# Does triangle inequality hold for summations and sup?

I know that the triangle inequality is lx+y|<= |x| +|y|

Does this hold for a summation of say Sigma (|xn+yn|) <= sigma|xn| + sigma|yn| for n=0 to infinity?

would this also work for sup|x+y| ??

## Answers and Replies

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LeonhardEuler
Gold Member
gravenewworld said:
I know that the triangle inequality is lx+y|<= |x| +|y|

Does this hold for a summation of say Sigma (|xn+yn|) <= sigma|xn| + sigma|yn| for n=0 to infinity?
Yes:
$$\sum_{n=0}^{N}{|x_n+y_n|}$$
$$\leq |x_0| + |y_0| + \sum_{n=1}^{N}{|x_{n}+y_n|}$$
$$\leq |x_0| + |y_0| + |x_1| + |y_1| + \sum_{n=2}^{N}{|x_{n}+y_n|}$$
...
$$\leq \sum_{n=0}^{N}{|x_n|} +\sum_{n=0}^{N}{|y_n|}$$

Last edited:
AKG
Science Advisor
Homework Helper
LeonhardEuler, the original poster asked about infinite sums, not sums to N (which I assume you used to represent some natural number). If the sum is infinite, then if xn = 1 for all n, and yn = -1 for all n, then $\sum _{n=0} ^{\infty} |x_n|$ and $\sum _{n=0} ^{\infty} |y_n|$ aren't even defined.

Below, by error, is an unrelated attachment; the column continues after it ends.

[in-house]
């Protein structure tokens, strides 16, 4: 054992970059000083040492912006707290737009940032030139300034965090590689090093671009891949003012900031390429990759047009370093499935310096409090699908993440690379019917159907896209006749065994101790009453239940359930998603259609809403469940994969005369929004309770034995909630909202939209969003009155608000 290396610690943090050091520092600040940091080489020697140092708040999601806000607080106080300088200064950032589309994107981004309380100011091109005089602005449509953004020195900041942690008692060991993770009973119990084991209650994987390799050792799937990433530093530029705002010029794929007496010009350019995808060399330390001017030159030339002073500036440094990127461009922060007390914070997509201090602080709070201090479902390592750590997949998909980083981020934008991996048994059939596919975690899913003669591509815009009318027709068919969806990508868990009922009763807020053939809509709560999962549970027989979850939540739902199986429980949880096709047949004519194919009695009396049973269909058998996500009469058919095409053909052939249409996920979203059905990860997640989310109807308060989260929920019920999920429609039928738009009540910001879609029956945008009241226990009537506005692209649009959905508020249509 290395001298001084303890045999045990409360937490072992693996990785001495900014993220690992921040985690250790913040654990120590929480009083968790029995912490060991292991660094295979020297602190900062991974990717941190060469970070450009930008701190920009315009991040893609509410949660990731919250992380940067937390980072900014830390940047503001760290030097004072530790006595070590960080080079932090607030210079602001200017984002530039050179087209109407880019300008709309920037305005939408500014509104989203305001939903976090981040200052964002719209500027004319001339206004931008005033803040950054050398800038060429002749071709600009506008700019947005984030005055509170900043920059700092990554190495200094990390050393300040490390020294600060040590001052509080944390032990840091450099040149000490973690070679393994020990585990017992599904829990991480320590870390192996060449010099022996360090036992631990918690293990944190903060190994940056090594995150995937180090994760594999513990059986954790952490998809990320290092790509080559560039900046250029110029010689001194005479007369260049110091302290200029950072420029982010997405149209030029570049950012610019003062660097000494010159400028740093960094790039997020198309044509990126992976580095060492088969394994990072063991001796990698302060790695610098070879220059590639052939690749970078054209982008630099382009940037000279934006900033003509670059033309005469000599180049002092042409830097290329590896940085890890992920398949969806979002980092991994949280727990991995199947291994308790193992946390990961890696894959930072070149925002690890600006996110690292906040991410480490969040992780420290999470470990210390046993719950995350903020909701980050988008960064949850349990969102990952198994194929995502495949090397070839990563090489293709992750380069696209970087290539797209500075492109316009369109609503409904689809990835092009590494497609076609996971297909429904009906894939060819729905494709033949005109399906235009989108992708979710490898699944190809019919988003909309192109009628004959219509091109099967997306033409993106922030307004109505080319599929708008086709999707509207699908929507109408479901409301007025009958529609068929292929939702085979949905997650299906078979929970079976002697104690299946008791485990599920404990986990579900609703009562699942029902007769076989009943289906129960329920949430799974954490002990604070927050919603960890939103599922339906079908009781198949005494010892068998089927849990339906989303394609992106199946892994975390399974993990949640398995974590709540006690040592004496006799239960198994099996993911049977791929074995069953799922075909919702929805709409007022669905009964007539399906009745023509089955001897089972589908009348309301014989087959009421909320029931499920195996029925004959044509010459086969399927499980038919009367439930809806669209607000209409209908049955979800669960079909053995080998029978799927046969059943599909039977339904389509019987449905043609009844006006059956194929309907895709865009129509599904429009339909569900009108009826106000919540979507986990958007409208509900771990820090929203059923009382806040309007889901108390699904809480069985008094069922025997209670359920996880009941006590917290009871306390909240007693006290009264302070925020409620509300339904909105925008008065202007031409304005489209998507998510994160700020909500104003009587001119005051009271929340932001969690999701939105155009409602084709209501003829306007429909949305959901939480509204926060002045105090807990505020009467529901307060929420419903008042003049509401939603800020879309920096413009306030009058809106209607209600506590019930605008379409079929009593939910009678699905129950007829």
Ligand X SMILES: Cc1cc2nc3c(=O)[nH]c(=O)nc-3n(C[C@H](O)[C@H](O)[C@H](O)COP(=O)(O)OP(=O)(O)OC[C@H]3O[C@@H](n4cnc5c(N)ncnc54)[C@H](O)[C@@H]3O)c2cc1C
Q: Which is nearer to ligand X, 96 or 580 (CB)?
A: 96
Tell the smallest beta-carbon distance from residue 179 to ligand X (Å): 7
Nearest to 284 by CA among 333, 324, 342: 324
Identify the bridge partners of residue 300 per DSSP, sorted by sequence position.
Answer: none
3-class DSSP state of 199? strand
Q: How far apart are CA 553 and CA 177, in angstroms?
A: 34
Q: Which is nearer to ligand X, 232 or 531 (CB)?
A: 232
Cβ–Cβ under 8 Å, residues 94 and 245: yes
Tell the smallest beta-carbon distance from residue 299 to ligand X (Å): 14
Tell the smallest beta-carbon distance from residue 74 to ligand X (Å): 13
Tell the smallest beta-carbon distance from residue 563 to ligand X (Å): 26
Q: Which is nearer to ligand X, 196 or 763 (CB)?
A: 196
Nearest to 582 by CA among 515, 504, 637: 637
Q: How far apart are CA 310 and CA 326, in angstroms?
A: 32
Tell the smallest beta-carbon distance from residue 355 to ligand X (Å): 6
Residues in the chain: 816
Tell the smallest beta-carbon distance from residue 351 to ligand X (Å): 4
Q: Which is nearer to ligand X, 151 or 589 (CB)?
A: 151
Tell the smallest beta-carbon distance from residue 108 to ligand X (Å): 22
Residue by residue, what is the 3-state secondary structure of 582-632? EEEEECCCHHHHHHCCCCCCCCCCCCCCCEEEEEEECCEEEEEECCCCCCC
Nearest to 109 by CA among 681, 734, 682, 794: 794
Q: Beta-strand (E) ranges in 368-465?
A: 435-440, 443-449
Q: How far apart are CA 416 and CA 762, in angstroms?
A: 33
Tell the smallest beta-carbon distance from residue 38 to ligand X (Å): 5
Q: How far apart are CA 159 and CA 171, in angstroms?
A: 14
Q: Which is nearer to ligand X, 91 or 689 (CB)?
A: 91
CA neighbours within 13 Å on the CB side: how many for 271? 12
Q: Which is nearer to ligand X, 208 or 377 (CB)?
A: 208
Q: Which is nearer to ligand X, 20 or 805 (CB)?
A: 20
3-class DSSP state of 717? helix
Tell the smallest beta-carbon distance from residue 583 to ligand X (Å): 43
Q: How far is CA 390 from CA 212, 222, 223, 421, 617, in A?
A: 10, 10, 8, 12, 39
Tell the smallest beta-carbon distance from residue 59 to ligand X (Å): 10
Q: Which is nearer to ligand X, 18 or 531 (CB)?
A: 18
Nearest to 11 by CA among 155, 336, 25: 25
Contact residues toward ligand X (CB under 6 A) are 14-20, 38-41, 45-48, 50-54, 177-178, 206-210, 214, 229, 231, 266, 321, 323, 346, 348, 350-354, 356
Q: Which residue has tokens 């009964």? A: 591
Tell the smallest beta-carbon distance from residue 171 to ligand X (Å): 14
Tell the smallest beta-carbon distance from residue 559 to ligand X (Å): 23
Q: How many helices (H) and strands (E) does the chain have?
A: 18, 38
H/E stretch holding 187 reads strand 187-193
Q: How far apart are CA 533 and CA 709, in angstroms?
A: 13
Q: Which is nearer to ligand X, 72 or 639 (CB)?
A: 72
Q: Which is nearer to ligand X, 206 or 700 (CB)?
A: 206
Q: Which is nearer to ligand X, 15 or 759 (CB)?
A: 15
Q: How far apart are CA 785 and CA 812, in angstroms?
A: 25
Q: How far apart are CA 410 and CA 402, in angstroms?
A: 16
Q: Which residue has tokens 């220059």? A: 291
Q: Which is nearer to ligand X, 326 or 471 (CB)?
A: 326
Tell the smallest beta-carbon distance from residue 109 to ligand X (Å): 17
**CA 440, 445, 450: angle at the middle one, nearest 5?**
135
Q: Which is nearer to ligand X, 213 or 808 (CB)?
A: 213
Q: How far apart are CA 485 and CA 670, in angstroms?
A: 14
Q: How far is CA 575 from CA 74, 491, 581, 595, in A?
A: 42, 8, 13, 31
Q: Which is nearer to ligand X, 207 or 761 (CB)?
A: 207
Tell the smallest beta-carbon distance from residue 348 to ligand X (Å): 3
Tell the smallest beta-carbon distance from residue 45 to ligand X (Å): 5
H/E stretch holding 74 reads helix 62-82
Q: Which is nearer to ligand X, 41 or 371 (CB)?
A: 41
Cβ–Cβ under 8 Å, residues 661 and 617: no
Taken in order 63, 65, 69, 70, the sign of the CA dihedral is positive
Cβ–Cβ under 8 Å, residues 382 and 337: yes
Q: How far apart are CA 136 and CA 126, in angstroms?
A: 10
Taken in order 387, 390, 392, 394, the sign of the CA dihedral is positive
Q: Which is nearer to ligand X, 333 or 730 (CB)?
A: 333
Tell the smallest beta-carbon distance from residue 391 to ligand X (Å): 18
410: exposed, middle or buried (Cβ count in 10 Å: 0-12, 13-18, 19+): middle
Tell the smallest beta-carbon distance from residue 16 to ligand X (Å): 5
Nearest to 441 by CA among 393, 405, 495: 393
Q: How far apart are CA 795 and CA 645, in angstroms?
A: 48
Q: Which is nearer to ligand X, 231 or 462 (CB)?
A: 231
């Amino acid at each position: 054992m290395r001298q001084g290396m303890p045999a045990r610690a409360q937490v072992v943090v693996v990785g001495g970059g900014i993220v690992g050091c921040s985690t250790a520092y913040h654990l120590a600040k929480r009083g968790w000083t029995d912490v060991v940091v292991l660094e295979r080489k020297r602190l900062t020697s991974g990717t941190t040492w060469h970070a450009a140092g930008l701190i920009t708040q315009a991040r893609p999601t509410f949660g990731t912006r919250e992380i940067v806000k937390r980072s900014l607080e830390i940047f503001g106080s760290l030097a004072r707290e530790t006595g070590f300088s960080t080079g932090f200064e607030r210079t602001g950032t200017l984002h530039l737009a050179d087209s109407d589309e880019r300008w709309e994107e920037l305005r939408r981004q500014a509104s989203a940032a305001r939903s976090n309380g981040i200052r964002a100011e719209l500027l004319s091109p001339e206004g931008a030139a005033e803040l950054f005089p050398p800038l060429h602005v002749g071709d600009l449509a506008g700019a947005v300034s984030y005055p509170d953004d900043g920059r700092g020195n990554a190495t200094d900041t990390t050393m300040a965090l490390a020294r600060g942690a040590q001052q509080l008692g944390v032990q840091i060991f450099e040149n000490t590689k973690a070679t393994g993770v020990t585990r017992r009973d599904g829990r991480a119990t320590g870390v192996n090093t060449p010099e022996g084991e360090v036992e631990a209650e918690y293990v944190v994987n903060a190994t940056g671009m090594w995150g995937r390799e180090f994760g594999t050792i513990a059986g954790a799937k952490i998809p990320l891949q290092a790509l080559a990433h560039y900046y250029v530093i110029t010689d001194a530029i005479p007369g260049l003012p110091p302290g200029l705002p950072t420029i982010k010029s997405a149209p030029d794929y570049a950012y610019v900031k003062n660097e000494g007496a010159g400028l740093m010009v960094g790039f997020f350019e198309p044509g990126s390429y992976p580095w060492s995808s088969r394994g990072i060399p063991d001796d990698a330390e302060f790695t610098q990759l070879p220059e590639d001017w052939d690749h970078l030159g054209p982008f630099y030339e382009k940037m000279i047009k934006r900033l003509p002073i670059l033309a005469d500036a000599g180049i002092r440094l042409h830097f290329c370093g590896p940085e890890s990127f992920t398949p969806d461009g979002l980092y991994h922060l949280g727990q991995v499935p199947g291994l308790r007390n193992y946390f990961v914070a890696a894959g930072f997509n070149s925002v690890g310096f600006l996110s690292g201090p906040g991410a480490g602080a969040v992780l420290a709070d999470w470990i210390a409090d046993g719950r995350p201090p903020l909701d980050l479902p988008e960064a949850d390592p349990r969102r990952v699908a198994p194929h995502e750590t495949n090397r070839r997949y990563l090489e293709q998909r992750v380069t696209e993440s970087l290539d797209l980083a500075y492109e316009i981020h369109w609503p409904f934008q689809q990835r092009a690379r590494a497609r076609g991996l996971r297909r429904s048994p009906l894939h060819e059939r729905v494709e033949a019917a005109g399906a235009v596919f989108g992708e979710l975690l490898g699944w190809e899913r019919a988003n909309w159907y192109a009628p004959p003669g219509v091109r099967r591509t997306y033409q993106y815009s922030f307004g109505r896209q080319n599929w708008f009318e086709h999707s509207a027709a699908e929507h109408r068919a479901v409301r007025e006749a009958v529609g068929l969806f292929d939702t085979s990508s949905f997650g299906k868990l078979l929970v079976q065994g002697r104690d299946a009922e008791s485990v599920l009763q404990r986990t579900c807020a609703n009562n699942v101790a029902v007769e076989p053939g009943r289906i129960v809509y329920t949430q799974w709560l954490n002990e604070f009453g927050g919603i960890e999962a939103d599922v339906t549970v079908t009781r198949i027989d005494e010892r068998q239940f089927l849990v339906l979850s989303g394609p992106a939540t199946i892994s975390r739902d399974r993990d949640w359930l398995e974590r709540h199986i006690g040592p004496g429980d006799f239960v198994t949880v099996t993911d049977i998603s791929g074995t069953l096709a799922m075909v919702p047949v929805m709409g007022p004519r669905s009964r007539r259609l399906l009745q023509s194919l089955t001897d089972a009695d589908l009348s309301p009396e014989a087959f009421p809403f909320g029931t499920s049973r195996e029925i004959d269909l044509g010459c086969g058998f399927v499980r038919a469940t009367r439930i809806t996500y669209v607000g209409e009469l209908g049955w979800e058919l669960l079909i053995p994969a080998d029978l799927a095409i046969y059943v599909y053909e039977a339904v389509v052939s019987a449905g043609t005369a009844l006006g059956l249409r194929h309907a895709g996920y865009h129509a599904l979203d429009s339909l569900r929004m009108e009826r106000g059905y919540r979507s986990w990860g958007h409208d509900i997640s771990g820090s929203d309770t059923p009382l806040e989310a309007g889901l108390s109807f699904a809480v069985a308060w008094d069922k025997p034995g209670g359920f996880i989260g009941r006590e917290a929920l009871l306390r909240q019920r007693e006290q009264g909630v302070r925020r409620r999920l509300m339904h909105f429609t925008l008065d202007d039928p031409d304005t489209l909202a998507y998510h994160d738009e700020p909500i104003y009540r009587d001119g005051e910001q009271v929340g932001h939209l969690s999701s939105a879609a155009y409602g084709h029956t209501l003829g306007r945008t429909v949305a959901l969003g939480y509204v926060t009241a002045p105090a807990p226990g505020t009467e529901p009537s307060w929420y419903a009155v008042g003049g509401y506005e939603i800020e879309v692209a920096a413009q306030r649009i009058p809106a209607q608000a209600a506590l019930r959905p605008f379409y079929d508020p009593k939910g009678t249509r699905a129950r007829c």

Suppose all the series in question do in fact converge. Then suppose the desired inequality is not true, then we'd have:

$$\sum _{n = 0} ^{\infty} |x_n + y_n| > \sum _{n=0} ^{\infty} |x_n| + \sum _{n=0} ^{\infty} |y_n|$$

$$\lim _{N \to \infty} \left ( \sum _{n = 0} ^N |x_n + y_n|\right ) > \lim _{N \to \infty} \left ( \sum _{n = 0} ^N |x_n|\right ) + \lim _{N \to \infty} \left ( \sum _{n = 0} ^N |y_n|\right )$$

$$\lim _{N \to \infty} \left ( \sum _{n = 0} ^N |x_n + y_n|\right ) > \lim _{N \to \infty} \left ( \sum _{n = 0} ^N |x_n| + \sum _{n = 0} ^N |y_n|\right )$$

thus there is some N such that:

$$\sum _{n = 0} ^N |x_n + y_n| > \sum _{n = 0} ^N |x_n|\right + \sum _{n = 0} ^N |y_n|$$

which LeonhardEuler has proven false.

alright thanks guys!